by Ellen Galinsky
The author, a long-time author and researcher on parenting and child development, outlines seven skills that are necessary for children (and adults) to be engaged learners and critical thinkers. They are: (1) focus and self-control; (2) perspective taking – being flexible and reflecting about others’ feelings; (3) communicating; (4) making connections between things learned; (5) critical thinking – learning what sources of information to trust; (6) taking on challenges – overcoming stress factors; and (7) self-directed learning. With a plethora of interesting studies on infant attention, language development, memory, parent connections, object sense, and so on, Galinsky shows how the developing brain has the potential to grasp these complex concepts. Each chapter also has a list of suggestions parents and teachers can apply to help their children along: be the guide, not the arbiter of pretend play; teach deep ideas and explore them, not a shallow overview of a subject; give kids a degree of control over the things that scare them; let kids’ passions guide them through stress and challenges; let children remember by teaching what they’ve learned; make a point of talking about others’ feelings aloud; focus on quality and attitude and open questions rather than the quantity of books or ideas; etc.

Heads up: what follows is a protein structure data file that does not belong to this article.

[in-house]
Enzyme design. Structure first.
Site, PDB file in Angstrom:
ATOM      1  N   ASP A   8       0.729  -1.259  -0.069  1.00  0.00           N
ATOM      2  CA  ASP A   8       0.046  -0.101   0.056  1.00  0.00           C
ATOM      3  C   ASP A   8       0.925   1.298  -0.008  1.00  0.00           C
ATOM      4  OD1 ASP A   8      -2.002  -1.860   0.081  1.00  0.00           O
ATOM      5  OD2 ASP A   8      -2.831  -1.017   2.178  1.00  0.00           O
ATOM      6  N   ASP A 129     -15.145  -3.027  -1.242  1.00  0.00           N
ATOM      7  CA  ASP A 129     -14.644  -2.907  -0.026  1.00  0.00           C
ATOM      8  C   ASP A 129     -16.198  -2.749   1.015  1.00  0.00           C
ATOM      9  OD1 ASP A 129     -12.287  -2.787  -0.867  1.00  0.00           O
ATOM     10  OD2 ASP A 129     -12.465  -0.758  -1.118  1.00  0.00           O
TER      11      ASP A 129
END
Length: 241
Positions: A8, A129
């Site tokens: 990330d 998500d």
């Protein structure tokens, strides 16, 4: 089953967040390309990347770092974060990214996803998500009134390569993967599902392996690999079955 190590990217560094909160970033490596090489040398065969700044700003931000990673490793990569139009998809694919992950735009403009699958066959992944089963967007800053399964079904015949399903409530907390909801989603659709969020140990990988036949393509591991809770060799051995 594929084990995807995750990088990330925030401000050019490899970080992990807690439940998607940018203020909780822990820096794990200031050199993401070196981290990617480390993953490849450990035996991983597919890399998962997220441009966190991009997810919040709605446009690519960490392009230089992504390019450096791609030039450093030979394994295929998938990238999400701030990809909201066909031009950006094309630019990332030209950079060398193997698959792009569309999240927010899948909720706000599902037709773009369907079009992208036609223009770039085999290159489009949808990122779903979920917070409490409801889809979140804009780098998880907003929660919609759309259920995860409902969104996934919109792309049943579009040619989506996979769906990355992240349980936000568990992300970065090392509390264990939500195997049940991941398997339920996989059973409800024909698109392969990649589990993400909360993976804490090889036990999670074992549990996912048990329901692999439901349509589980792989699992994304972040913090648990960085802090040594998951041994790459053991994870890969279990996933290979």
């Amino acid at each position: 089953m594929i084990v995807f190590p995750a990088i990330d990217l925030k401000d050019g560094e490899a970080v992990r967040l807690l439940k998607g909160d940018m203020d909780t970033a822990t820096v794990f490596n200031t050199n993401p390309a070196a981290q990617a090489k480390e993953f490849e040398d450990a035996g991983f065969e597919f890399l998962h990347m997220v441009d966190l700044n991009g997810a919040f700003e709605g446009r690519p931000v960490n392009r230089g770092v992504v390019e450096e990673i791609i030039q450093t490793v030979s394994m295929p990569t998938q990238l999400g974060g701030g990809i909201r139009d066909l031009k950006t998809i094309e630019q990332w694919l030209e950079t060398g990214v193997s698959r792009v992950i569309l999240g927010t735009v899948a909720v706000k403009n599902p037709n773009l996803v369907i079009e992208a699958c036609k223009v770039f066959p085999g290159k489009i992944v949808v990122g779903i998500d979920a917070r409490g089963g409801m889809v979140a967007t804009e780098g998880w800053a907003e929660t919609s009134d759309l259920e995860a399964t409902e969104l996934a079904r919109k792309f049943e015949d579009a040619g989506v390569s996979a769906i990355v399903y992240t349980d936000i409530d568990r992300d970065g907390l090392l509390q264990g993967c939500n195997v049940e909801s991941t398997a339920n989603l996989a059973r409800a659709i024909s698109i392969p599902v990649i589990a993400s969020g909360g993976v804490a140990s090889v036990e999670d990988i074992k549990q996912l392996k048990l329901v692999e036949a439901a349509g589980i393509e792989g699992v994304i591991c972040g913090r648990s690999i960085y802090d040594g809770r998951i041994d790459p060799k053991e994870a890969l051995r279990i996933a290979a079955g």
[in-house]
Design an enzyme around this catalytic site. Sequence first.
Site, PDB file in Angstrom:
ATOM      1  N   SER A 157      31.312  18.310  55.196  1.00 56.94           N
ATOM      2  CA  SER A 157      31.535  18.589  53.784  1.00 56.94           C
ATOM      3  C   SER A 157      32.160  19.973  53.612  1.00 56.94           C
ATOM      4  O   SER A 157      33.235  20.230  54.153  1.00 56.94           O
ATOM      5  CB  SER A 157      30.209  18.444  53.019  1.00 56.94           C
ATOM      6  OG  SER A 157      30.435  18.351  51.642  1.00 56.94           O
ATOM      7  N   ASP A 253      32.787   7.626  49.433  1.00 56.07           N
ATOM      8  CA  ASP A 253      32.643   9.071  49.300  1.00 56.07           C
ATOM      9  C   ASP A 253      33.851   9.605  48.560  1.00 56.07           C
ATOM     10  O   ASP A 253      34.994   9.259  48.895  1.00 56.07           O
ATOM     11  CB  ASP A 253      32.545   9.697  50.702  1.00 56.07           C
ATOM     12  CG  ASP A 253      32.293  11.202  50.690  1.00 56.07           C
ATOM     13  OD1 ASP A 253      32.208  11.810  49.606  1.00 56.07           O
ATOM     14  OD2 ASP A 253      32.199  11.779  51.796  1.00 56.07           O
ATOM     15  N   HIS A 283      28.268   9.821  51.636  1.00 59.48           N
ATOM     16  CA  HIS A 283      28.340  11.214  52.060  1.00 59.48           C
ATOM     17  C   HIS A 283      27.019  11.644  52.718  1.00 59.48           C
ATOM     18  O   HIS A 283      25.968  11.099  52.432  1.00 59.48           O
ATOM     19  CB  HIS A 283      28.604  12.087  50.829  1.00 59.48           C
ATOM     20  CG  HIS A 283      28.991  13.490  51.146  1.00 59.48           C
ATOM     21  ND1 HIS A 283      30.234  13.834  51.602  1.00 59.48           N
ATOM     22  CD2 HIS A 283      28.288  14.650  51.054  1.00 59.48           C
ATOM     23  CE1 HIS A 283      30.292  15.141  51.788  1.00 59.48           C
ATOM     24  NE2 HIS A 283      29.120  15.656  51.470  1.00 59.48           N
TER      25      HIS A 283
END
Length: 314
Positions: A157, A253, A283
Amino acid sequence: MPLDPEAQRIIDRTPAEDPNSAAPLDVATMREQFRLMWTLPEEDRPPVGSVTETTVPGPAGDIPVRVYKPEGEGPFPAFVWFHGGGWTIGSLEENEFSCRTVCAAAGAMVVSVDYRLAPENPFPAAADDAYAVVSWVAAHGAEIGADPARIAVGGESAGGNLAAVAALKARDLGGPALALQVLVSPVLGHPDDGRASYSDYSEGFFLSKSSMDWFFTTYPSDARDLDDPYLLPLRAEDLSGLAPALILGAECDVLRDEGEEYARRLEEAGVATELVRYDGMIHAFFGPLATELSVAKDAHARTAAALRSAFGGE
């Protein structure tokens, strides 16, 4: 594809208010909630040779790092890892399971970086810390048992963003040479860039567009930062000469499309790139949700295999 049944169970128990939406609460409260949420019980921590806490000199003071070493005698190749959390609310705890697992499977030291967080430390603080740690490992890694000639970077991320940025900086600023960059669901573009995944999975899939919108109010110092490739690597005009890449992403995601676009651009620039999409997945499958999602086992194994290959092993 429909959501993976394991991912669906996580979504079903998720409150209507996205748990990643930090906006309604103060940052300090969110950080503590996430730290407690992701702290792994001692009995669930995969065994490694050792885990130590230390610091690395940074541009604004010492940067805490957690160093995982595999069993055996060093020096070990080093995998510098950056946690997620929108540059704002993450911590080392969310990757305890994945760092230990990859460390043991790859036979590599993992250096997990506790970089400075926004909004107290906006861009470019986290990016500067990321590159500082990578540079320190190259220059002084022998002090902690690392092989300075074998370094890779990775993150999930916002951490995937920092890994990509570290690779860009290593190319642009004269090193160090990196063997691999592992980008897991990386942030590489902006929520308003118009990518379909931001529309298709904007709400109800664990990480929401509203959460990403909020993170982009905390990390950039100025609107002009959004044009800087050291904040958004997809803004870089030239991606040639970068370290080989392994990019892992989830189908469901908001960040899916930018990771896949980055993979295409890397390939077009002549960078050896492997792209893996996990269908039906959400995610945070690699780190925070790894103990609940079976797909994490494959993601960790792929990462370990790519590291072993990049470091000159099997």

It’s written in an easy, approachable style, with not too much of the repetition that this kind of book often has. I enjoyed reading about the studies, though many of them (such as those that deal with language acquisition or object sense in infants) are not really applicable to my work. There’s definitely value in these pages, but I have the same complaint (it’s not even a criticism, really, since this is an inherent quality of the genre) about this that I do with nearly every other parenting or self-help book I read: the great majority of the advice given is so basic, so common-sense and obvious, that I wonder who exactly needs it. Obviously, there are low-income, low-education families out there who might need to be told such nuggets as, “Create an environment at home where reading is important,” or “Create a bond of trust with your child,” or “Select computer games that promote paying attention” – but are those families really reading this book? Who is it that selects this book and reads it with purpose, and yet also needs to be told to “Talk about shapes, numbers, and quantities with your kids”? Perhaps many people do; I find that depressing.